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StanierBlack5

'Newbie' Needs Wiring Help!

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Hi Everyone, just joined the forum and getting desperate for some expert help.

After a lifetime of dreaming, I'm now in a position to build my first 00 gauge layout and have been laying track for the past few months but have now come to a grinding halt.

The next step for me is wiring for DCC and my question is, what size bus and dropper wires do I need?

The layout is thus; 9' x 8' using Peco Flexi track and 28 sets of Peco Electrofrog Points, I have 4 main lines (up main & down main plus up goods and down goods) as I would like to see 4 trains running concurrently whilst I'm 'playing' in the sidings. I have 2 sets of sidings and intend to use the 'iP Cobalt' point motors and also purchase the 'NCE Power Cab' system.

I have read way too many 'which size wires to use' on the 'net and am now totally confused. Would you please help and put this senior citizen out of his misery?

Many thanks in advance for your advice.

Roger

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I am able to run 5 trains with my Power Pro. You can upgrade a PowerCab to a Power Pro quite economically & you may not want all its features anyway, so I would advise starting with a PowerCab.

PowerCab also has the ability to display layout current, so if running 4 trains is pushing it near to its limit, you will see this & be able to make an informed decision on whether you need to buy an additional power booster.

 

Wire size: This can cause a lot of debate & many conflicting answers can be correct..

How may droppers do you plan to use? More is better but extra work & you will get a lot of satisfaction from running trains for the first time, so don't make things too complicated.

For 4 tracks, I would use 7/0.2 wire (7 strands of 0.2mm diameter) for the droppers. This has a max current of 1.4A. I then bought 15A mains cable for my bus wires. My layout is in small sections & using 15A cable for inter-board connections was impractical so I used 2 16/0.2 wires for each one.

 

Do you plan to control pointwork from DCC or from switches & transformers ('DC')? DC is cheaper & removes a layer of complexity. This does not necessarily make it any easier because it involves installing more wire back to the panel. With 28 points, that is a lot of wiring. You can make a panel which will send DCC commands to the PowerCab, so don't think that changing points from your handset is the only DCC option.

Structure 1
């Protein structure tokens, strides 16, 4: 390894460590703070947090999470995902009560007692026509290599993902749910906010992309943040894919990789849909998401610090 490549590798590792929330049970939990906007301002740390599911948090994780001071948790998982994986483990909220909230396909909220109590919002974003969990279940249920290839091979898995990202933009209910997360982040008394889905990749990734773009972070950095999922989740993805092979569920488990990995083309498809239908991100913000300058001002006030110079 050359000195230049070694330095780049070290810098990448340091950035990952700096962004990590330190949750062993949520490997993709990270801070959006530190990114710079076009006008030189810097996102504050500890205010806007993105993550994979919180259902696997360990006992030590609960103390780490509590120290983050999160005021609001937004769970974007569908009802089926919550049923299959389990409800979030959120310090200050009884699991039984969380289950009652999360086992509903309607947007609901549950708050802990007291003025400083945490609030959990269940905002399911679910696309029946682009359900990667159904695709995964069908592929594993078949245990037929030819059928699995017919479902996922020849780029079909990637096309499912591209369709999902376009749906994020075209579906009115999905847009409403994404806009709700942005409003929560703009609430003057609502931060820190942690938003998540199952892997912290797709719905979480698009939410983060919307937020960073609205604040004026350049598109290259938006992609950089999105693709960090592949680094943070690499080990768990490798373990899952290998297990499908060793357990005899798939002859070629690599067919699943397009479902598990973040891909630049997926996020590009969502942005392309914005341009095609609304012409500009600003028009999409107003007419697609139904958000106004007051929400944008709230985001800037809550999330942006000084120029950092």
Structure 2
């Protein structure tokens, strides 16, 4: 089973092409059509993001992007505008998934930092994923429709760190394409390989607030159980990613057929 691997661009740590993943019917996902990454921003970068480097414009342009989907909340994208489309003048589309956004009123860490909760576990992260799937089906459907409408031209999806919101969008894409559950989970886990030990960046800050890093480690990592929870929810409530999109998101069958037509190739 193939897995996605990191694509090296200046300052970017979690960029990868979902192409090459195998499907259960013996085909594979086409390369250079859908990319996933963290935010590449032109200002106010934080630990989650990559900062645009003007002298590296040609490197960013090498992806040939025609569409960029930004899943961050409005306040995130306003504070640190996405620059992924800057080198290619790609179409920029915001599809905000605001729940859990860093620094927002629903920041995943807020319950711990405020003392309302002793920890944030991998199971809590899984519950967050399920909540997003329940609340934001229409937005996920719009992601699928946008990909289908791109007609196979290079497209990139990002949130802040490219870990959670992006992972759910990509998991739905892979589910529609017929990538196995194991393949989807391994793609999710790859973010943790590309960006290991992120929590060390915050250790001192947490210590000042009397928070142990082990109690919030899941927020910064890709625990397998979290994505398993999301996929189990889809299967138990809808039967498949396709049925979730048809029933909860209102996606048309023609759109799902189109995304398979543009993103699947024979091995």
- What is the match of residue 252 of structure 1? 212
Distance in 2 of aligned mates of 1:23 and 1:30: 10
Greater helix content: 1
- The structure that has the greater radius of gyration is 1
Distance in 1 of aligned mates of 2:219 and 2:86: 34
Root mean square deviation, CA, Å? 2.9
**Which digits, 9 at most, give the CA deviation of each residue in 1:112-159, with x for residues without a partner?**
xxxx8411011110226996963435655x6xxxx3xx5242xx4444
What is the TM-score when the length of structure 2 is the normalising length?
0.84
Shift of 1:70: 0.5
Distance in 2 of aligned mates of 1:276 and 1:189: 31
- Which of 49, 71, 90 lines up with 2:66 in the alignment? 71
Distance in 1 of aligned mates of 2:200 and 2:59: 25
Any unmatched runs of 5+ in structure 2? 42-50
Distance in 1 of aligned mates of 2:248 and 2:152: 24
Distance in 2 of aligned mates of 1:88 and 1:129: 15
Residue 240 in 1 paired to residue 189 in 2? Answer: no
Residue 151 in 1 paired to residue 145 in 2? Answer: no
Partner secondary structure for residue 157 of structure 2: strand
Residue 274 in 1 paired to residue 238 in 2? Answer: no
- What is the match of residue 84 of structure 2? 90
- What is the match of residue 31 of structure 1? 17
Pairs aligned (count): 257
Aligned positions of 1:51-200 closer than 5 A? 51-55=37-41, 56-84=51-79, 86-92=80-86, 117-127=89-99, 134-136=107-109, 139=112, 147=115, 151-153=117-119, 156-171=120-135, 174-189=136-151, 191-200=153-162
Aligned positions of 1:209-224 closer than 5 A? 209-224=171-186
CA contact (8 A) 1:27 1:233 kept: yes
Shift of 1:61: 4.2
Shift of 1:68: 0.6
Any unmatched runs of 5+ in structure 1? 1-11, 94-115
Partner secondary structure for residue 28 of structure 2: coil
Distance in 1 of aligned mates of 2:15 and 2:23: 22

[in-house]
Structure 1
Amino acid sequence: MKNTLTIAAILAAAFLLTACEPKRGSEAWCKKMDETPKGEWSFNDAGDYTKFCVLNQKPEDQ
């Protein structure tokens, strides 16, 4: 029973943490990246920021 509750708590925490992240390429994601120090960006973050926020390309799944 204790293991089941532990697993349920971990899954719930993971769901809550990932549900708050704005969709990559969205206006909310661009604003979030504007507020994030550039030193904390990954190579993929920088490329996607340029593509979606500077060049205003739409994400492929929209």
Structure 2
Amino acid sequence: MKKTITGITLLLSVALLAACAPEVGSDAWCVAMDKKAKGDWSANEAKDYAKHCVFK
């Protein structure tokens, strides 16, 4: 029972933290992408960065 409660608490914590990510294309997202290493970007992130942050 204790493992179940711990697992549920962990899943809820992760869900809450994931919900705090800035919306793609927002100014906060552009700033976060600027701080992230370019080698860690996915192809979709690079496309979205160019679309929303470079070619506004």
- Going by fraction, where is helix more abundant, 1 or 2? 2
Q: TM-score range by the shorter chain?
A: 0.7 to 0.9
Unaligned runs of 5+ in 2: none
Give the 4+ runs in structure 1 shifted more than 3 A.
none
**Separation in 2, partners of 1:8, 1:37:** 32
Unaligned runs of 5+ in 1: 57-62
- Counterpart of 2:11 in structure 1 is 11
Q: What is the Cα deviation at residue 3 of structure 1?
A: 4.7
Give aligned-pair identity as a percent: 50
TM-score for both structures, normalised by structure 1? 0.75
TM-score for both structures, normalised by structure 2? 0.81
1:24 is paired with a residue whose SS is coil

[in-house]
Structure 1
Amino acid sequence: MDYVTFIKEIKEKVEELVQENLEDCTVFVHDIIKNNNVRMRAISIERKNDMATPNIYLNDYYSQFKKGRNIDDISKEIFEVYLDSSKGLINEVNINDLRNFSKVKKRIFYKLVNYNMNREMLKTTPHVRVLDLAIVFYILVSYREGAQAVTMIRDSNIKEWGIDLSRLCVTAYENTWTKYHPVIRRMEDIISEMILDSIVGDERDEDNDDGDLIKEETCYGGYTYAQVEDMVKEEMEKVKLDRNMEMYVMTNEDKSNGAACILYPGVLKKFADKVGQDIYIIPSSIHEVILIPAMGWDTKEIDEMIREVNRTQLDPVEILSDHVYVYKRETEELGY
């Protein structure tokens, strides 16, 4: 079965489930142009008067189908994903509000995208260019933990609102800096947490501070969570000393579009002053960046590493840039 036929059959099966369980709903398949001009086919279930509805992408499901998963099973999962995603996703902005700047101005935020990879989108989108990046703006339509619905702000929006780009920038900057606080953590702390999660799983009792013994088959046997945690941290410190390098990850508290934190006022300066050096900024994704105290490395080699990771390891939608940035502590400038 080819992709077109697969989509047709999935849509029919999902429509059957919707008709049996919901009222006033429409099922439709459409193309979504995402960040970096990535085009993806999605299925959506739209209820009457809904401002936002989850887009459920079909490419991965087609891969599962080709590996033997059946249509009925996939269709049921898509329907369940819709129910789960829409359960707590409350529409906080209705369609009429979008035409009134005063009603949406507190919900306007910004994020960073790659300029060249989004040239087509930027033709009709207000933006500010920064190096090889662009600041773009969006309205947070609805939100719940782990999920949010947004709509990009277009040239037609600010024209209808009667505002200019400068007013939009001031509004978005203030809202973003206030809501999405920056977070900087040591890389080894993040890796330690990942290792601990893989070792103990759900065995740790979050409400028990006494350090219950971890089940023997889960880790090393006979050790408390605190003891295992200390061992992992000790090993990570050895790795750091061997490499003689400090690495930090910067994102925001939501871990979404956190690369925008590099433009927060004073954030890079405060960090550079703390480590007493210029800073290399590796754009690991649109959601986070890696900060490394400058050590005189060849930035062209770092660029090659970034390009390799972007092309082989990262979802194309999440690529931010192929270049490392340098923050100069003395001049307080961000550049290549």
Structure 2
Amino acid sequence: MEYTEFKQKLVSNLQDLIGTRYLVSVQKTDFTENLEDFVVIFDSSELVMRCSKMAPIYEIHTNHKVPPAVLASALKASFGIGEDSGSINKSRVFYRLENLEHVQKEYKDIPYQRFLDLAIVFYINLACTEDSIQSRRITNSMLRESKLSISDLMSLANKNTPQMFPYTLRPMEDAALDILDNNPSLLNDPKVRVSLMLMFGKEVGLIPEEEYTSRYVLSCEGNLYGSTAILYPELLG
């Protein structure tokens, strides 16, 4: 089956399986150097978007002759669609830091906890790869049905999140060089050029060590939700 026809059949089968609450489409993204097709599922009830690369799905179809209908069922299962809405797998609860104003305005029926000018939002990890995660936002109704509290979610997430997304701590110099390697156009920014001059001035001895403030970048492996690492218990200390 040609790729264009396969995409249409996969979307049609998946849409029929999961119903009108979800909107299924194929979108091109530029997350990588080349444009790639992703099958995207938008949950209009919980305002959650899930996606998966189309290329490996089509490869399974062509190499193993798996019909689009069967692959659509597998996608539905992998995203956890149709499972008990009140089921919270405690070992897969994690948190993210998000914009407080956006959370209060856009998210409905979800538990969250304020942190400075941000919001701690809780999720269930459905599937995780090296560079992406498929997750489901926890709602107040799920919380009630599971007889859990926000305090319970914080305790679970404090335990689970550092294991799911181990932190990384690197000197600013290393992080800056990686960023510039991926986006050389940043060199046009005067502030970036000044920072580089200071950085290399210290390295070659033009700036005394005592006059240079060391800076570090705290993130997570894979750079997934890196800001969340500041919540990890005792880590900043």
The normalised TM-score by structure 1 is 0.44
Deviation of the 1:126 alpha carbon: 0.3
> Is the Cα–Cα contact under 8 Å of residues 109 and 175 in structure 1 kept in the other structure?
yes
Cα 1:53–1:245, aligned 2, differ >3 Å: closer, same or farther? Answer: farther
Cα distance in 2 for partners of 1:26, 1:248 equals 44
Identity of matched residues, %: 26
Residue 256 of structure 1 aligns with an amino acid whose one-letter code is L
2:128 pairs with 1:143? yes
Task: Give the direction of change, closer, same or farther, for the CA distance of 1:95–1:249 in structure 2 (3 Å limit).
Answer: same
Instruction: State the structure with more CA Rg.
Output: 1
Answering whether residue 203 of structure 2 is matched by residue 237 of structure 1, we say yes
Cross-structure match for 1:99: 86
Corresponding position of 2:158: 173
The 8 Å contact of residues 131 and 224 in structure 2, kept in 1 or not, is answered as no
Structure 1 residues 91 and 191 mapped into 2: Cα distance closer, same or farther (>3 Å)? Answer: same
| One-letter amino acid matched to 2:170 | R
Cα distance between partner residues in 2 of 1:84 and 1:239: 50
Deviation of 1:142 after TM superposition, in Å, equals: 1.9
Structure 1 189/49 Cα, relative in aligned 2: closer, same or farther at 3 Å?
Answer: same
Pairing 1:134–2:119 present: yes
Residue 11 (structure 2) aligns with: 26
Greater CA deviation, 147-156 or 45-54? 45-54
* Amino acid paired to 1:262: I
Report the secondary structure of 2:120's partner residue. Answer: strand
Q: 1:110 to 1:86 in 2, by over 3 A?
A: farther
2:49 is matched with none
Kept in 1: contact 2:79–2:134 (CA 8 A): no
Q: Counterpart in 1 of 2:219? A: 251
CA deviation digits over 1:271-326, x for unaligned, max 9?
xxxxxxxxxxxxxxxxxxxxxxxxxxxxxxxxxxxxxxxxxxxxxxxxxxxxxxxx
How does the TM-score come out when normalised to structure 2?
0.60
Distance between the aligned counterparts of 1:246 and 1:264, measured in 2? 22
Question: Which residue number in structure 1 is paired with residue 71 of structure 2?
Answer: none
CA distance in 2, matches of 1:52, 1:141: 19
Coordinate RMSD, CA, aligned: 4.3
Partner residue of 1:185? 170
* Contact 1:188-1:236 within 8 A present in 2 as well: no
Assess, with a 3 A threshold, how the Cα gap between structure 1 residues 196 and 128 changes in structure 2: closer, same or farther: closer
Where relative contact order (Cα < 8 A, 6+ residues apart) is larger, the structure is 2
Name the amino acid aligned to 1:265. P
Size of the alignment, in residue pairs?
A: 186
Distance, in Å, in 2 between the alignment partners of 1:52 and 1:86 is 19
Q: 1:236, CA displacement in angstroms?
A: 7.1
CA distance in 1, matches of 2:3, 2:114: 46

If you plan to use DCC for controlling points, then it is useful to have a separate bus for this because you will occasionally short out running rails by driving a loco the wrong way though a point & if the pointwork is on the same bus, you will not be able to throw the point it in order to clear the fault.

 

 

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Pete, many thanks for your answer and info regarding a separate 'bus' for point control, I'll now go ahead and source the wire you have suggested.

 

Thanks again,

Roger

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I also use the brown and blue wires from inside house mains cable for my bus wires. Although you waste all the outside insulation it's quite a cheap source for the wires. You may even be able to use the copper earth wire for something later. I also use 7/0.2 for the droppers which are attached to every individual piece of track. If you have already laid the track then it will not be easy to attach the droppers in a way that makes them almost invisible but perhaps it will look all right with ballasting.

 

In order to get something running quickly you could wire up only one of the circuits to start with. I have an NCE Power Cab and  although I don't normally run four trains at a time I was able to do so when my grandchildren came for a visit. This is because all of my locos are fairly recent (i.e. last 15 years) and so each one doesn't take much current. Locos which are much older do take more current.

 

Good luck with the project.

 

Edit. To avoid running a train through points set the wrong way, have about 50cm or so in front of the point frog isolated on one rail and connect it to power via the point motor or an accessory attached to the point motor. I use Tortoise slow action motors which have switched contacts for this purpose.

Edited by Robert Stokes
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13 hours ago, Robert Stokes said:

You may even be able to use the copper earth wire for something later.

 

I soldered up frames for Christmas wreaths. A bit soft, but perfectly useable. That earned me a few modelling hours credit :)

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Thank you all for taking the time to reply with good advice.

Robert, as my layout is already fixed to the baseboard (using screws instead of track pins), I have used a 'Sharpie" to draw around the tracks with the next move being the removal of the track to install a cork track bed onto the base, then to replace the track after soldering a dropper for each length of rail and drilling the appropriate holes in the baseboard. I'm feeling that I've dropped myself in the deep end as opposed to starting small but I'm up for a challenge and at this point in time, I've certainly got one! 

Once again, thanks for your help.  Roger  :)

 

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